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Scooby-Doo! Escape From The Haunted Mansion: An Unfortunate Story

This past weekend the gang and I joined up with my in-laws to play Scooby-Doo Escape From The Haunted Mansion. Scooby-Doo is probably one of my favorite franchises of all time. It shaped me into being the true crime and mystery fanatic that I am. I went into this thinking I was about to play the perfect escape room in a box game with my family. I will be doing everything in my writing powers to make this spoiler-free. So enjoy a spoiler-free review! The game is playable solo, but we started with five players. I got to play as Scooby. This will matter a bit later on as far as my story goes but has nothing to do with gameplay. I say we started with five because by the end we were down to three.

When you open the box, you find rules that tell you how to begin the game. You have five standees for the characters, five character books, some map tiles, some secret envelopes, and a large deck of tarot sized cards numbered 1-60 The game was well packed and opened away from the players like a pizza box. The presentation was really nice. It’s a sturdy box and has that classic Scooby-Doo look and feel to it. I had never played a Coded Chronicles Game so this was my first attempt.

Three people at my table all read the rule book separately just to be clear on the rules. They’re very simple but, oddly,  extremely unclear. We felt as a group need more of a guideline on how to play. This was the most challenging part of the game. The game has no turn order for the characters, so basically we all picked a book and a character to start exploring. You matched up numbers on your map tiles with numbers in a character book passage number, they are all, for example, Velma’s book is labeled (1000-1999). If you see a number like 123, then inside of Velma’s book you would look up 1123. Attaching your character’s number before the clue number. This was pretty easy for us to do. We played all the through the game in one sitting, there is a chapter break up guide in the rule book if you want to play as two chapters. The first half with five people, and the last half with three people. Shaggy and Fred stopped playing because they didn’t like the game and wanted to do something else they would enjoy. I would have stopped playing if my sister-in-law wasn’t so excited to figure out who the bad guy was in the game! Her excitement gave me the strength to continue on, cause boy howdy, this game is rough and frustrating. 

The game has no replay value, so make sure you are aware of that as you make choices in the game. The ending of the story may never change but some of the clues can change to give it a slight narrative variation. The clues are decent enough puzzles, but it’s very frustrating to spend a long time on a clue and know you are correct but because of the art or a player’s misunderstanding of something…you’ll spend longer questioning yourself. One of the cards has sheet music that needed to be translated into musical notes. Some of us knew how to read music and after a few minutes of thinking we were all insane because we couldn’t solve this, We used a clue on the back of the box to inform us that we were correct. That was really upsetting because it happened pretty early on into our games. This game suffered from extreme Ludonarrative dissonance, which is the conflict between a game’s narrative told through the story and the narrative told through the gameplay. The envelopes had cool interactive pieces, but the disconnect was almost impossible to make sense of at times.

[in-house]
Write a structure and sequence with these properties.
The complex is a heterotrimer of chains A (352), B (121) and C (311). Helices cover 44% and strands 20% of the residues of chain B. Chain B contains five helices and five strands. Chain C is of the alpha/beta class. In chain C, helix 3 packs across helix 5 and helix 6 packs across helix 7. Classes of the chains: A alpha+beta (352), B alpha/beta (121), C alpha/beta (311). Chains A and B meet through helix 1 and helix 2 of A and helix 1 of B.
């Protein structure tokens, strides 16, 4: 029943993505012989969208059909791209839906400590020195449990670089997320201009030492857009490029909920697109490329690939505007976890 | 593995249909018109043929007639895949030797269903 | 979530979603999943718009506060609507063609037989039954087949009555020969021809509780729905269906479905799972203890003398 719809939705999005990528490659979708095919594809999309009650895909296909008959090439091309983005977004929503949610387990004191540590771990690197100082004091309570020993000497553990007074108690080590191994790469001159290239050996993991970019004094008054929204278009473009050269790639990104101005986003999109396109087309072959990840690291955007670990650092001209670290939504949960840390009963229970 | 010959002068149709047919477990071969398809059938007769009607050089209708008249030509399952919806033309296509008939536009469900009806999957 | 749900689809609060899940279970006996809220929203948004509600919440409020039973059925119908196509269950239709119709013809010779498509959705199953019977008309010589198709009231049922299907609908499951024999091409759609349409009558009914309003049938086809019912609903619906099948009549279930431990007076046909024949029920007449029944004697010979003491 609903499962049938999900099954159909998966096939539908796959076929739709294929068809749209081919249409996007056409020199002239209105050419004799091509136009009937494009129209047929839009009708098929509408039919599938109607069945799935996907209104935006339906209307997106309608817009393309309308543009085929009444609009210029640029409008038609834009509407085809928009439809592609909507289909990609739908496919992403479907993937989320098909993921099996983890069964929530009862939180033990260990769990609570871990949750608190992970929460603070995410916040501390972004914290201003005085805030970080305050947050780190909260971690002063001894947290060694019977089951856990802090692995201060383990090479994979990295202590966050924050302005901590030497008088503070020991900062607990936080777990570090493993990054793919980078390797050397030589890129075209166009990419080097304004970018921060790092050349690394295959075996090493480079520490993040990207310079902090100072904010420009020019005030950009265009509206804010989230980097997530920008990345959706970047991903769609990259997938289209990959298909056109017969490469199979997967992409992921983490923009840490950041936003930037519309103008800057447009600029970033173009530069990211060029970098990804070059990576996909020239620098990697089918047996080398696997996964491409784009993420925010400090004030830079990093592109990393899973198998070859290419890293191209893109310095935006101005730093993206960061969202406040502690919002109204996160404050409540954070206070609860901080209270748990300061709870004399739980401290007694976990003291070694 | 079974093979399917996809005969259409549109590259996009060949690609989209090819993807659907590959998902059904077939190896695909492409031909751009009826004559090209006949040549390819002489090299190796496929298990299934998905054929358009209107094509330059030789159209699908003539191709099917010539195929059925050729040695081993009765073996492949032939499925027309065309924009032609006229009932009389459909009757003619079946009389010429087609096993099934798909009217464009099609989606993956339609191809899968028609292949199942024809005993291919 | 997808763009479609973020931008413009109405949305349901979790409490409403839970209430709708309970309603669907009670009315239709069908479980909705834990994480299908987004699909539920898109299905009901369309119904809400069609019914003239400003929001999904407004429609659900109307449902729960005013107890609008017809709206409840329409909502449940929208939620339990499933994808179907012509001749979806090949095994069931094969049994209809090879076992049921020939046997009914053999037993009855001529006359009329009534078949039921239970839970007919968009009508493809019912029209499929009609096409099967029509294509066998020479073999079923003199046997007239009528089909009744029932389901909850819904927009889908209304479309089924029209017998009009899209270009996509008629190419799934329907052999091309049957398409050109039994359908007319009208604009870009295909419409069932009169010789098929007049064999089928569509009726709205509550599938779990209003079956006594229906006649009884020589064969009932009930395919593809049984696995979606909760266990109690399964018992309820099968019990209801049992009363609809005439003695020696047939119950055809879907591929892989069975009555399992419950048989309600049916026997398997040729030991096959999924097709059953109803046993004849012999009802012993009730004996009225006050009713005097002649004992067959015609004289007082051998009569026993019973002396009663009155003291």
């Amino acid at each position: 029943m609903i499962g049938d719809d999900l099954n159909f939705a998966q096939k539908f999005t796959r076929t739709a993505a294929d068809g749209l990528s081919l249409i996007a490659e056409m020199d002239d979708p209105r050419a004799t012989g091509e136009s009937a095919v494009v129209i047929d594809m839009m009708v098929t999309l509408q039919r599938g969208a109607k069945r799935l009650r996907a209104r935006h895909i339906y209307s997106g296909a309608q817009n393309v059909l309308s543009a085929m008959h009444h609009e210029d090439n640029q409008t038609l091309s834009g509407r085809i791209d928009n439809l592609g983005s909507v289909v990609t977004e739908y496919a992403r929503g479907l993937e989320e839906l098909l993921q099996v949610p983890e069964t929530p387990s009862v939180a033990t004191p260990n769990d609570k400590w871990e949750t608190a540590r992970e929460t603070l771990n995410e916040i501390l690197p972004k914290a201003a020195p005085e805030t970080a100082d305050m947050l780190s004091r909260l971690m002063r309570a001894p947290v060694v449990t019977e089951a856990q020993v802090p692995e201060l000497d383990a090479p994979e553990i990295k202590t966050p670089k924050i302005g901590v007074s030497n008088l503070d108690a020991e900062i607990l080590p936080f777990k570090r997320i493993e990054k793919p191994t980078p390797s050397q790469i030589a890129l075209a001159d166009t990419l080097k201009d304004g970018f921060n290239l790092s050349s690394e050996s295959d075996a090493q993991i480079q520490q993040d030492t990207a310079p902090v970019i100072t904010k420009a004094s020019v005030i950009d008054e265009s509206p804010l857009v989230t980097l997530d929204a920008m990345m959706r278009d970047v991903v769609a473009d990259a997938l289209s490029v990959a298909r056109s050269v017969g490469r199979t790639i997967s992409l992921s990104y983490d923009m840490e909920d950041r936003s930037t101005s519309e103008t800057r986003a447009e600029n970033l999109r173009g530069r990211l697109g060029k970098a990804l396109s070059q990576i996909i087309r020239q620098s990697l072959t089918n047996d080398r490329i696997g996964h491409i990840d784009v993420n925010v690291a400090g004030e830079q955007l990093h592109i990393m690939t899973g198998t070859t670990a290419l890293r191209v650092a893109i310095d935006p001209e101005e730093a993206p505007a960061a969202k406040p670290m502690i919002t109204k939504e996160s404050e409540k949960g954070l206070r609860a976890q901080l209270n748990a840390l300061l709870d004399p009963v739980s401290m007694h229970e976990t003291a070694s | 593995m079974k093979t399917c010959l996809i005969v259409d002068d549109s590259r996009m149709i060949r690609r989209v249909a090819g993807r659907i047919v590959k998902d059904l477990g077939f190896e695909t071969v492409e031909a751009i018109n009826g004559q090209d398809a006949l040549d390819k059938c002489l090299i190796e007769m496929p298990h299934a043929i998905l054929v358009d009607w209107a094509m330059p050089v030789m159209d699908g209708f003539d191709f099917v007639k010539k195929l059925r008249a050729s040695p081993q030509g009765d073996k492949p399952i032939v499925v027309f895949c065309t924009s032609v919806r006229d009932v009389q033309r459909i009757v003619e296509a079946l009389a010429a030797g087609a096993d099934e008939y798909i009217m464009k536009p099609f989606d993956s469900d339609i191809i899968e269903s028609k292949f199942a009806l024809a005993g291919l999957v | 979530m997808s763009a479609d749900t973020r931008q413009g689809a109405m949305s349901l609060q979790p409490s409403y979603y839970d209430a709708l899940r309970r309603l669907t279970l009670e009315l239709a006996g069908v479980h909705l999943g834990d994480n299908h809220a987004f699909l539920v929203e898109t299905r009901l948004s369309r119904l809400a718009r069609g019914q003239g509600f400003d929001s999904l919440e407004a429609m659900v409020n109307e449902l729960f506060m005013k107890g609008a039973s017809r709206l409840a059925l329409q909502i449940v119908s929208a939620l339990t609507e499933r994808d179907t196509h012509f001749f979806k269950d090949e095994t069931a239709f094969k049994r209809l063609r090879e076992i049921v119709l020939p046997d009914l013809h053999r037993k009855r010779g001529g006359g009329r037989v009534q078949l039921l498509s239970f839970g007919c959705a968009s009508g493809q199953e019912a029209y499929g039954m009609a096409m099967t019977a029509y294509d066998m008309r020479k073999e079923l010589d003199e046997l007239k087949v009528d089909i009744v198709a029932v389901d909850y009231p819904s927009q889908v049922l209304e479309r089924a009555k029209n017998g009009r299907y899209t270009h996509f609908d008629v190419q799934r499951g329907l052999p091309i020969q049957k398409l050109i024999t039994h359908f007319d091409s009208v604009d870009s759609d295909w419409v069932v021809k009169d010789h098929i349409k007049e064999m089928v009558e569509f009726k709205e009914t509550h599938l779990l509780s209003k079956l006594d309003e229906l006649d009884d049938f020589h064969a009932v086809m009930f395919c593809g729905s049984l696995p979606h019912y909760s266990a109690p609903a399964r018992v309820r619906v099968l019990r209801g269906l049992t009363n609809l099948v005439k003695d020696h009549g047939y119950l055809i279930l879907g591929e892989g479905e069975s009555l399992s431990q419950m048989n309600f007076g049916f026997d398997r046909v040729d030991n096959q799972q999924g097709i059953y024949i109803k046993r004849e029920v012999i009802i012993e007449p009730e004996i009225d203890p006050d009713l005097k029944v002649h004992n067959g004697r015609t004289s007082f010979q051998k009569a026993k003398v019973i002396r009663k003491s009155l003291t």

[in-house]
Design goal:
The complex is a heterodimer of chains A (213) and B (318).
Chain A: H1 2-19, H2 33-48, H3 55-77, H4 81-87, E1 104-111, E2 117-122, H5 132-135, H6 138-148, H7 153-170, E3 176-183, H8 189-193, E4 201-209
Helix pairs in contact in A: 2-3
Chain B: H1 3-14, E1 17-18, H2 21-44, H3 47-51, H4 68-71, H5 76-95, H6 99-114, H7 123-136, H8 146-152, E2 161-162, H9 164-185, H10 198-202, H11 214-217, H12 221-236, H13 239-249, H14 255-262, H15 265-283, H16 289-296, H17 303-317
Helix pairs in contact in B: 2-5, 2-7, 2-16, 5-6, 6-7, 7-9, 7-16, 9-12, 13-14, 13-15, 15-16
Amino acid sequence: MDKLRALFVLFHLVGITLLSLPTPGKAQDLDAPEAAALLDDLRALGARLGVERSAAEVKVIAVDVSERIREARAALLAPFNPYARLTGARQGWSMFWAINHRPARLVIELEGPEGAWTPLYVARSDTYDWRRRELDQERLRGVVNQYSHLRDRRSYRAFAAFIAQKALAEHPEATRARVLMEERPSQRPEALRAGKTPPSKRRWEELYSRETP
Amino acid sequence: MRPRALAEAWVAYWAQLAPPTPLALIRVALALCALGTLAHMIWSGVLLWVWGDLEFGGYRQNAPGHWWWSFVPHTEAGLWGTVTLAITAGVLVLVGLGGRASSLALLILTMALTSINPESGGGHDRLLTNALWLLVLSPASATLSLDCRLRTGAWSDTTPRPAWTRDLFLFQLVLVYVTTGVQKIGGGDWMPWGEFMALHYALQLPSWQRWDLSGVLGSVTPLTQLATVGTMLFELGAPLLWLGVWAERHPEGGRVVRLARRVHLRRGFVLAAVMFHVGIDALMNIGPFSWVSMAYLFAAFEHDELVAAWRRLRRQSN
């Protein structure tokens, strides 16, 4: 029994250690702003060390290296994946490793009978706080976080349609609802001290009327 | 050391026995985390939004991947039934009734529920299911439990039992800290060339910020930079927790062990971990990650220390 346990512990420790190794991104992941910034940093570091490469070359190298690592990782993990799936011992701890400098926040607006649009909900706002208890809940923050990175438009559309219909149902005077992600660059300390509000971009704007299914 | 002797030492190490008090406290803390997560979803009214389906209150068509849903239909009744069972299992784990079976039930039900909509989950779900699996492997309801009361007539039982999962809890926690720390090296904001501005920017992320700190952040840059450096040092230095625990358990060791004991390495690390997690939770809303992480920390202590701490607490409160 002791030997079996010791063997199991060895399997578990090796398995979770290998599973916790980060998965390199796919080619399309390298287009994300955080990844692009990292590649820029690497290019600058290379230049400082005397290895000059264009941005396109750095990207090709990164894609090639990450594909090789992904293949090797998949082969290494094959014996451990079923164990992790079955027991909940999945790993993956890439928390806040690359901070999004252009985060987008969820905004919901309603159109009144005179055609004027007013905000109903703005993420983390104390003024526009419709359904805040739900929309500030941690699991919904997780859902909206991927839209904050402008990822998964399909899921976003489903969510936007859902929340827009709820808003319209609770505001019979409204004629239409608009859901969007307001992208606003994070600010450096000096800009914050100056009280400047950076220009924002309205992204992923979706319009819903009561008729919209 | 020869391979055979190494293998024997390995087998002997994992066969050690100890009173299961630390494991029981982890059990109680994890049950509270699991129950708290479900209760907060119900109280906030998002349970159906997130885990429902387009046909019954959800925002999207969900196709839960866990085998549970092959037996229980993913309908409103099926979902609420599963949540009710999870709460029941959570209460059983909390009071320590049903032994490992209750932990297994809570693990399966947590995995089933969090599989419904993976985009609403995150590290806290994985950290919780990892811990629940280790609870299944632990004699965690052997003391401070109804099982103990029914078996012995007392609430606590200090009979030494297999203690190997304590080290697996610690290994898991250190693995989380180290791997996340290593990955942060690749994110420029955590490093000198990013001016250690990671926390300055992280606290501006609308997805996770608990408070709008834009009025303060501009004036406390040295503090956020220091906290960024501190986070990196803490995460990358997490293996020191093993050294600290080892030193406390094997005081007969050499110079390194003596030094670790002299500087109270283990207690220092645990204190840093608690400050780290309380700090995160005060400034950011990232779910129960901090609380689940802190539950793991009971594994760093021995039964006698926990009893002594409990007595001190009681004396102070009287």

The box says it is for ages 12+, but I’m not sure someone 12 years old would enjoy this at all. Certain characters did way more interacting than others and it really felt like Velma, Daphne and Fred did the most. At some points, you have to pull characters out of the game, so the rules tell you to share the characters as you play. This can get confusing as to who found what and where. Moving down from five players to three made it much harder to keep track of what characters located what and how to keep a correct timeline of events as they happened. We did spot a few clues where the text in the book didn’t match the card visually and this was also off-putting. Overall I can only recommend this game to absolute die-hard Scooby-Doo fans to get. So many better Scooby games and adjacent RPGs are around now that, for me, the 30 dollar point is far too high. I wanted to love it but was super let down. It took us 3 hours to play the entire game. My guess is that would have been probably two hours if the game had integrated things better.

 

Scooby-Doo! Escape From The Haunted Mansion
3.3 / 10 Reviewer
{{ reviewsOverall }} / 10 Users (0 votes)
Pros
It's a delightful box with fun little puzzles if you have the patience and are not afraid to use a lot of clues. This would make an extremely good gift for a Scooby-doo Fanatic
Cons
Part of the mystery is figuring out how to even play the game and why the game's narrative text doesn't match up well at all. It is a frustrating experience that I have not seen to look like this before.
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You can pick up a copy of the game on Amazon.

 

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    Victoria Mann is a former Paralegal who left the devouring world of law to pursue a 7-year successful tabletop game career and currently wears many hats at White Wizard Games and is a fierce defender of justice and love. Her passions include her dogs Apollo and Athena, reading as often as possible, playing games, watching Netflix, chatting with friends or working as much as possible because she literally can't be stopped and wants to do ALL of the things.

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